(c) The state attorney must file an information if a child, regardless of the child’s age at the time the alleged offense was committed, is alleged to have committed an act that would be a violation of law if the child were an adult, that involves stealing a motor vehicle, including, but not limited to, a violation of s. 812.133, relating to carjacking, or s. 812.014(2)(c)6., relating to grand theft of a motor vehicle, and while the child was in possession of the stolen motor vehicle the child caused serious bodily injury to or the death of a person who was not involved in the underlying offense. For purposes of this section, the driver and all willing passengers in the stolen motor vehicle at the time such serious bodily injury or death is inflicted shall also be subject to mandatory transfer to adult court. “Stolen motor vehicle,” for the purposes of this section, means a motor vehicle that has been the subject of any criminal wrongful taking. For purposes of this section, “willing passengers” means all willing passengers who have participated in the underlying offense.
(d)1. With respect to any child who was 16 or 17 years of age at the time the alleged offense was committed, the state attorney shall file an information if the child has been charged with committing or attempting to commit an offense listed in s. 775.087(2)(a)1.a.-p., and, during the commission of or attempt to commit the offense, the child:
a. Actually possessed a firearm or destructive device, as those terms are defined in s. 790.001.
b. Discharged a firearm or destructive device, as described in s. 775.087(2)(a)2.
c. Discharged a firearm or destructive device, as described in s. 775.087(2)(a)3., and, as a result of the discharge, death or great bodily harm was inflicted upon any person.
2. Upon transfer, any child who is:
a. Charged under sub-subparagraph 1.a. and who has been previously adjudicated or had adjudication withheld for a forcible felony offense or any offense involving a firearm, or who has been previously placed in a residential commitment program, shall be subject to sentencing under s. 775.087(2)(a), notwithstanding s. 985.565.
3. Upon transfer, any child who is charged under this paragraph, but who does not meet the requirements specified in subparagraph 2., shall be sentenced under s. 985.565; however, if the court imposes a juvenile sanction, the court must commit the child to a high-risk or maximum-risk juvenile facility.
4. This paragraph shall not apply if the state attorney has good cause to believe that exceptional circumstances exist that preclude the just prosecution of the child in adult court.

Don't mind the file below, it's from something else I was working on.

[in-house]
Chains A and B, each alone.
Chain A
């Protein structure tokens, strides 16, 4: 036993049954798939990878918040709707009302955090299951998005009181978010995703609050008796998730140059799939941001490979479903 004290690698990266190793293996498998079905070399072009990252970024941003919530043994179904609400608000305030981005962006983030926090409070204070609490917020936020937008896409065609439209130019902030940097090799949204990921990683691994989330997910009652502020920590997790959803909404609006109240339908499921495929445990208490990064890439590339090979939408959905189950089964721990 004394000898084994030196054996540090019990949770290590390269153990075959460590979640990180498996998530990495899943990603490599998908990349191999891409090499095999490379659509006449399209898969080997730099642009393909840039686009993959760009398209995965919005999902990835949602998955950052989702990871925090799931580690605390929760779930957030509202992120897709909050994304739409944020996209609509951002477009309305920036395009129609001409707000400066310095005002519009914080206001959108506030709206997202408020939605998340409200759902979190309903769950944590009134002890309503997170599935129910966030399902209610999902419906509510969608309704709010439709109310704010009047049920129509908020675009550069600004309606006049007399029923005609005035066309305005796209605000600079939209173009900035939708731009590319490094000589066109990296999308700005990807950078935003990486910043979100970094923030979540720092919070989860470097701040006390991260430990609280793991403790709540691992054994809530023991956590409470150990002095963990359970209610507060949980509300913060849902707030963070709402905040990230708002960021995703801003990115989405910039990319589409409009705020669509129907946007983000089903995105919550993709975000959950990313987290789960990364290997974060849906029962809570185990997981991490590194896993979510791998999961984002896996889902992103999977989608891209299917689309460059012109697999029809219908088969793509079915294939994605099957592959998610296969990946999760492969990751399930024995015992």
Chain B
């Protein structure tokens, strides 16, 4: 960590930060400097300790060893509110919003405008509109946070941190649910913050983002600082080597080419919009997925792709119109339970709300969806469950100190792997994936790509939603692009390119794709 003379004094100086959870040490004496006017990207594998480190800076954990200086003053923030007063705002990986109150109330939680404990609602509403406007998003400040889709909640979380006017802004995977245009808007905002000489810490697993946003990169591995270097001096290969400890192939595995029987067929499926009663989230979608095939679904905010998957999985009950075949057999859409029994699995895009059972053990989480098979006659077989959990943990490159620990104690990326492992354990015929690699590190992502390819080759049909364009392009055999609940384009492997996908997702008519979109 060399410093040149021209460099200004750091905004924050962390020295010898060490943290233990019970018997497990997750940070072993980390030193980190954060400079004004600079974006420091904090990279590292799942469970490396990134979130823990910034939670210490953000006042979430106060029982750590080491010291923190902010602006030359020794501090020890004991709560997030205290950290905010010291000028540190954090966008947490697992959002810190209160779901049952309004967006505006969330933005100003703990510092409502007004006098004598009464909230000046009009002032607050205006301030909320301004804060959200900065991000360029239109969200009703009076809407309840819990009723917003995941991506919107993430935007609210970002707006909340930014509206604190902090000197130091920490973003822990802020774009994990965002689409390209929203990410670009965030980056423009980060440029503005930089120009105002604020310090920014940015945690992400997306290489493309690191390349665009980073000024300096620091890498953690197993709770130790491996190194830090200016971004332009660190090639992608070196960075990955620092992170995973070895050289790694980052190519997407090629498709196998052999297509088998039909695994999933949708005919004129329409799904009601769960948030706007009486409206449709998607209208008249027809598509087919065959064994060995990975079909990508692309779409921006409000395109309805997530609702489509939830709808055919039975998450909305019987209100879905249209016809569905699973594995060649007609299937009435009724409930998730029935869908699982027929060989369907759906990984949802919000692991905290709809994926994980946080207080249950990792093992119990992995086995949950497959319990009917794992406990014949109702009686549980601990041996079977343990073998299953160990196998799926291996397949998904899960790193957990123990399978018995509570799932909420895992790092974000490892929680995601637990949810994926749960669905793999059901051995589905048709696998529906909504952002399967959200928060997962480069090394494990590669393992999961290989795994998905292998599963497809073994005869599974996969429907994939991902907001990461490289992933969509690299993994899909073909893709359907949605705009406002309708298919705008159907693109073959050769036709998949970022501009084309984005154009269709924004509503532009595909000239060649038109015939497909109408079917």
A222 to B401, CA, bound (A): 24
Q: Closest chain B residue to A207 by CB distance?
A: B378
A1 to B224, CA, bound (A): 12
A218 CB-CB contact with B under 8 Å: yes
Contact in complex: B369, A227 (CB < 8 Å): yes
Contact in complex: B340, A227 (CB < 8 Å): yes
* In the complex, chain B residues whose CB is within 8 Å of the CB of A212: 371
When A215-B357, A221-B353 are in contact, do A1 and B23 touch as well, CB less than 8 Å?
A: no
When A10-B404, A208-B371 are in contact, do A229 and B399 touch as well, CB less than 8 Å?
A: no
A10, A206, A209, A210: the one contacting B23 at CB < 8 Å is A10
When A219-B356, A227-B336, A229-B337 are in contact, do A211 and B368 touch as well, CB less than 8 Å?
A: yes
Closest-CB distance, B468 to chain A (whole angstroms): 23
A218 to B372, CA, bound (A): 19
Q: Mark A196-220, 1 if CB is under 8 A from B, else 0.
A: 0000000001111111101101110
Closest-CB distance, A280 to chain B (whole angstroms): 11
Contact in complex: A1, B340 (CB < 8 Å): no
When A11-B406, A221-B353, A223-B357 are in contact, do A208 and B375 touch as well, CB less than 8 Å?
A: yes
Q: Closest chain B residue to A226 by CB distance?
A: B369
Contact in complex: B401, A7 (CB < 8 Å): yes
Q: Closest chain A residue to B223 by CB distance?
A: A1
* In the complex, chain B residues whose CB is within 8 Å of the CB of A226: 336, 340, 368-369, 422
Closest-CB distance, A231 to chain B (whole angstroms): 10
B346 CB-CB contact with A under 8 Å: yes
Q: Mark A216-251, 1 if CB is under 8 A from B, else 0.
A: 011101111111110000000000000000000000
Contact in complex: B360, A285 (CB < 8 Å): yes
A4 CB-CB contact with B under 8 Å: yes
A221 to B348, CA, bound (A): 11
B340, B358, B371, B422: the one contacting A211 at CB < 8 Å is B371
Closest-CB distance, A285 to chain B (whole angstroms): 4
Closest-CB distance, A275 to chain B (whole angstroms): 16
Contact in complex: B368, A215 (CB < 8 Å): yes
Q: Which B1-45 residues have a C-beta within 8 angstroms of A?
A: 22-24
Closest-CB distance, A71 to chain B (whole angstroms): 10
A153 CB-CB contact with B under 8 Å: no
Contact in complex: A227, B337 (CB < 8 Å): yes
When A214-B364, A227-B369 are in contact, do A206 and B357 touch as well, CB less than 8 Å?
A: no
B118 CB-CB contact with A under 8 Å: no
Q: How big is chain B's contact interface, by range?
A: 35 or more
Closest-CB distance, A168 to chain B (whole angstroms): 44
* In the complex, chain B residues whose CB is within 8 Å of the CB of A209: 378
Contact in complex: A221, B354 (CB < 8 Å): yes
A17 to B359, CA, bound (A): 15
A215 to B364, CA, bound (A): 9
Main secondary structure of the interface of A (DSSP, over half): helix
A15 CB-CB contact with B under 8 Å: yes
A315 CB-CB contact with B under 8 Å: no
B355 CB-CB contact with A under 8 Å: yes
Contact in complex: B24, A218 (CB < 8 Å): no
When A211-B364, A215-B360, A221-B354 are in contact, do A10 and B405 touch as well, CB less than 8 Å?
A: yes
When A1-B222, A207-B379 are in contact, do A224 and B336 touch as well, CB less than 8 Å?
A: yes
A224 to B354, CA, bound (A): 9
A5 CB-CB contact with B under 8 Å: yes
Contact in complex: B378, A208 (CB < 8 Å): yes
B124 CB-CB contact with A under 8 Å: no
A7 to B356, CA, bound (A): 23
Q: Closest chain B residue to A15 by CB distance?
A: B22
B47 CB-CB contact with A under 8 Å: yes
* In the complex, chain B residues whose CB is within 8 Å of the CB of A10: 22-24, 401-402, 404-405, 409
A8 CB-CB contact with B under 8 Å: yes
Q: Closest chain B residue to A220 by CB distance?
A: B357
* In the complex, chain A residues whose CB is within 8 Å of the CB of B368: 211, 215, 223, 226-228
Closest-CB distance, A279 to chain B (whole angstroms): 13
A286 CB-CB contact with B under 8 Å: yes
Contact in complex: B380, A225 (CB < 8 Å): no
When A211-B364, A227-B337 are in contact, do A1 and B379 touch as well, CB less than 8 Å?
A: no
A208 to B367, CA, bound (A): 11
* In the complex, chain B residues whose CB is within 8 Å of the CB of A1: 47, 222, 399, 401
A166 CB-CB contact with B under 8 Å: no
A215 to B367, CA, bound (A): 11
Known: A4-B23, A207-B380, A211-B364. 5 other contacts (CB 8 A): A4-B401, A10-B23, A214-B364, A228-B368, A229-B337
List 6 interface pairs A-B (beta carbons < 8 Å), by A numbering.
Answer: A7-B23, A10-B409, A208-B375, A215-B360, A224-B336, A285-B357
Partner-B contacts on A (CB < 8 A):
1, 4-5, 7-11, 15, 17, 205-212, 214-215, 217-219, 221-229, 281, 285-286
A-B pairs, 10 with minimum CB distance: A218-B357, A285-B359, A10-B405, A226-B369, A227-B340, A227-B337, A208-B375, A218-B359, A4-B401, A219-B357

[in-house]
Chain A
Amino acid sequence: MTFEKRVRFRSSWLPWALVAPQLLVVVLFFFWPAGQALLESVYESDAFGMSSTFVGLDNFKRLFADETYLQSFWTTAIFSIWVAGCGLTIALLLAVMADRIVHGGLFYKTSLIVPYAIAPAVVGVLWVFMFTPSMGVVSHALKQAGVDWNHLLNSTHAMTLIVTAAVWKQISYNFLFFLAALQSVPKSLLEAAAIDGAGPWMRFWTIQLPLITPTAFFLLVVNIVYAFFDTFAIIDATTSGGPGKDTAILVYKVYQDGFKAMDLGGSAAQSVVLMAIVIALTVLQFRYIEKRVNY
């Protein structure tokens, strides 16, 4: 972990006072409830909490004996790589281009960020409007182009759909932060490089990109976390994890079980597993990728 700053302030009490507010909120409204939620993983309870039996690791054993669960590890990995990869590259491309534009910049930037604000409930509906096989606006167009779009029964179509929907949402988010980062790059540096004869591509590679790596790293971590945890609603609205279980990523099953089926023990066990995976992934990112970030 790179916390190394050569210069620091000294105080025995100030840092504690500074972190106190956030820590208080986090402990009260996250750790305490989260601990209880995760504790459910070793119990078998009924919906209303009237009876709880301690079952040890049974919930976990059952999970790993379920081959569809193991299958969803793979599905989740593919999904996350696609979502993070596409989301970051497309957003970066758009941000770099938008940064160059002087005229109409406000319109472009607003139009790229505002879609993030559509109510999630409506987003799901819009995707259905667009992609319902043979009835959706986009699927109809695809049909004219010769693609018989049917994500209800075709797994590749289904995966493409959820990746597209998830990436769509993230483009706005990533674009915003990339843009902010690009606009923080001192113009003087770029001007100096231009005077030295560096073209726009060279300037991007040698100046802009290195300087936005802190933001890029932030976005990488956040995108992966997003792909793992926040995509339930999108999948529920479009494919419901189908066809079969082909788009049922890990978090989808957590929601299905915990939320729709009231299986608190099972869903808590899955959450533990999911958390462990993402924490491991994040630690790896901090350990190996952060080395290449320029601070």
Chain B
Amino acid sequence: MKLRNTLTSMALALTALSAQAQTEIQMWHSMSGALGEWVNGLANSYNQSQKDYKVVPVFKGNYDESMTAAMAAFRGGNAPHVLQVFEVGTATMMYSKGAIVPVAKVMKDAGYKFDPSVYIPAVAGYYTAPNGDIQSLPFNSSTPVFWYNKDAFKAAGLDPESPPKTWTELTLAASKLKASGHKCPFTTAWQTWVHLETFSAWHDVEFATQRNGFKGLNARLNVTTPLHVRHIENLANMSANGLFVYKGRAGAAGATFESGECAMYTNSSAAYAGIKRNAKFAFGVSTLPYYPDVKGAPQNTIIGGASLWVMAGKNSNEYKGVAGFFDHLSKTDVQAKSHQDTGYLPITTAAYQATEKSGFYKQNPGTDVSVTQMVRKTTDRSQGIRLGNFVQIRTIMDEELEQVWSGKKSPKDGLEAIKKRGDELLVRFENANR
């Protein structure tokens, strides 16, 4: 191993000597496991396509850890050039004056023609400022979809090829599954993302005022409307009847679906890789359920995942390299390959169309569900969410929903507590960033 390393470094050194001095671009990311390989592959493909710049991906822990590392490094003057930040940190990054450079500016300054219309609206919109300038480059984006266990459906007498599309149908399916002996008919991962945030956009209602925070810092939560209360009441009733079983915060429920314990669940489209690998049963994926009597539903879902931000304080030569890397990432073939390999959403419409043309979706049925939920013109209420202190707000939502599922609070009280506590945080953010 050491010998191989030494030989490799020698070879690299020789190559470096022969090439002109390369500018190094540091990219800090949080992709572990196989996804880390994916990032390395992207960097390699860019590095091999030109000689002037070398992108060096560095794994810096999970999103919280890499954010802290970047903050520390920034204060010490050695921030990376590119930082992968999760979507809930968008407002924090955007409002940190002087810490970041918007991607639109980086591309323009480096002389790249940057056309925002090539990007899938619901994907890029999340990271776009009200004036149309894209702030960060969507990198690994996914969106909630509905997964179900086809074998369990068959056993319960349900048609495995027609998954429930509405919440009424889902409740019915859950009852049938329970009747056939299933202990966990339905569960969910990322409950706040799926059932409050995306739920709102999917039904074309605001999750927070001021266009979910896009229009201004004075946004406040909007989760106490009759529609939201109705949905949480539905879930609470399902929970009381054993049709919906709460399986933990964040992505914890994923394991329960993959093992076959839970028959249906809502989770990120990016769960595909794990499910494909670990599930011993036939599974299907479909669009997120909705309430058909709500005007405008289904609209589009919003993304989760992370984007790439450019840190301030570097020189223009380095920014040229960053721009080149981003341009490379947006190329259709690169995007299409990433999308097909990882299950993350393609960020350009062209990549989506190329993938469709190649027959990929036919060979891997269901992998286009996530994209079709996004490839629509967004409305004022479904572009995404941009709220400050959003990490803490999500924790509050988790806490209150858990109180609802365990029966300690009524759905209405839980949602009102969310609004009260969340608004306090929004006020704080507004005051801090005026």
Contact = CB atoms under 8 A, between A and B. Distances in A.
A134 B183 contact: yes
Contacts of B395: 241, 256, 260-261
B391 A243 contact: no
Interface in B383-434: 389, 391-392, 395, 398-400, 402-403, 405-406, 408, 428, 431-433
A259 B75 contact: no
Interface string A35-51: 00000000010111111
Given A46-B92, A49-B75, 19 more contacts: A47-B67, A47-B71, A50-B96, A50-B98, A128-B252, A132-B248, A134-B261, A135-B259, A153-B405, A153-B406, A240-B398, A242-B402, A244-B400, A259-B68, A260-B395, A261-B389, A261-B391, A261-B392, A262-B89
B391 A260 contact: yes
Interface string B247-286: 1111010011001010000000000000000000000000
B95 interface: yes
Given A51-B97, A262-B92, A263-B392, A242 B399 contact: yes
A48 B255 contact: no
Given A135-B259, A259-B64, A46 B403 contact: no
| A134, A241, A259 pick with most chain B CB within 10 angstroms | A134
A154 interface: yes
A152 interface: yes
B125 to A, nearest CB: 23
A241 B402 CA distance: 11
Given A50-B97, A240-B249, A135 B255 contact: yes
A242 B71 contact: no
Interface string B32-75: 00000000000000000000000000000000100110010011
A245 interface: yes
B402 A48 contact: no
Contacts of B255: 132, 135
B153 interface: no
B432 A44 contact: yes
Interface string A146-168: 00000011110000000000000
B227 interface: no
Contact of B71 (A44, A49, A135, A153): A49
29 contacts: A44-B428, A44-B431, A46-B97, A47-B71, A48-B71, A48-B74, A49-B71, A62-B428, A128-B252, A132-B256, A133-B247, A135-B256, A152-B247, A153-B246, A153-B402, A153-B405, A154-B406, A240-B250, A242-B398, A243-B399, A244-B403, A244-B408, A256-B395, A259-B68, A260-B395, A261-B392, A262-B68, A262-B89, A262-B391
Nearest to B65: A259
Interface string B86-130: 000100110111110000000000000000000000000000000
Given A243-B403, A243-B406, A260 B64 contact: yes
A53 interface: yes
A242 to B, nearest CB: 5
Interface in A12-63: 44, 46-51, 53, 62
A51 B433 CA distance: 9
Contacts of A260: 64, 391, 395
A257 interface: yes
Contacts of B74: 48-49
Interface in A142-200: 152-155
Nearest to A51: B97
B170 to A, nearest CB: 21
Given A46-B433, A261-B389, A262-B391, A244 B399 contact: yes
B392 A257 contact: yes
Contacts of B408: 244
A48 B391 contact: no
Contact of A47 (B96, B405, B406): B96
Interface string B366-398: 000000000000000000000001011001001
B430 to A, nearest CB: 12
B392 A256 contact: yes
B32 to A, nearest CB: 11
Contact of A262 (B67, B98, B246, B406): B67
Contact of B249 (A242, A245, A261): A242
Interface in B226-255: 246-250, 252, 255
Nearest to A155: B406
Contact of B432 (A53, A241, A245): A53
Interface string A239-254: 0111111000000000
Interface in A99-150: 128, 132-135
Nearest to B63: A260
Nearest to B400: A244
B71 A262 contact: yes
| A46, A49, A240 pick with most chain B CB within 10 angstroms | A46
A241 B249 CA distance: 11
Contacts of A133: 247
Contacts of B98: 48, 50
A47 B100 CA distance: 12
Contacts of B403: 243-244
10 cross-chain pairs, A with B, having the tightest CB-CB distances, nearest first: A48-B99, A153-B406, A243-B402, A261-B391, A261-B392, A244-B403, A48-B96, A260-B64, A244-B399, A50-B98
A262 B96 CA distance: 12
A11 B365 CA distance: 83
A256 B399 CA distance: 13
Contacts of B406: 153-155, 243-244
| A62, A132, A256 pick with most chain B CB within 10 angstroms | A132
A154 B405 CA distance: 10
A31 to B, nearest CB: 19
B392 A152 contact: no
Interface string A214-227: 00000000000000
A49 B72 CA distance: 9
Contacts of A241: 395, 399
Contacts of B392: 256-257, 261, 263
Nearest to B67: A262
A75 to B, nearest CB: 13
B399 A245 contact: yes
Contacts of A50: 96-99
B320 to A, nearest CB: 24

5. The Department of Corrections shall make every reasonable effort to ensure that any child 16 or 17 years of age who is convicted and sentenced under this paragraph be completely separated such that there is no physical contact with adult offenders in the facility, to the extent that it is consistent with chapter 958.
(3) EFFECT OF DIRECT FILE.–
(a) Once a child has been transferred for criminal prosecution pursuant to an information and has been found to have committed the presenting offense or a lesser included offense, the child shall be handled thereafter in every respect as if an adult for any subsequent violation of state law, unless the court imposes juvenile sanctions under s. 985.565.
(b) When a child is transferred for criminal prosecution as an adult, the court shall immediately transfer and certify to the adult circuit court all felony cases pertaining to the child, for prosecution of the child as an adult, which have not yet resulted in a plea of guilty or nolo contendere or in which a finding of guilt has not been made. If a child is acquitted of all charged offenses or lesser included offenses contained in the original case transferred to adult court, all felony cases that were transferred to adult court as a result of this paragraph shall be subject to the same penalties to which such cases would have been subject before being transferred to adult court.
(c) When a child has been transferred for criminal prosecution as an adult and has been found to have committed a violation of state law, the disposition of the case may be made under s. 985.565 and may include the enforcement of any restitution ordered in any juvenile proceeding.
(4) An information filed pursuant to this section may include all charges that are based on the same act, criminal episode, or transaction as the primary offenses.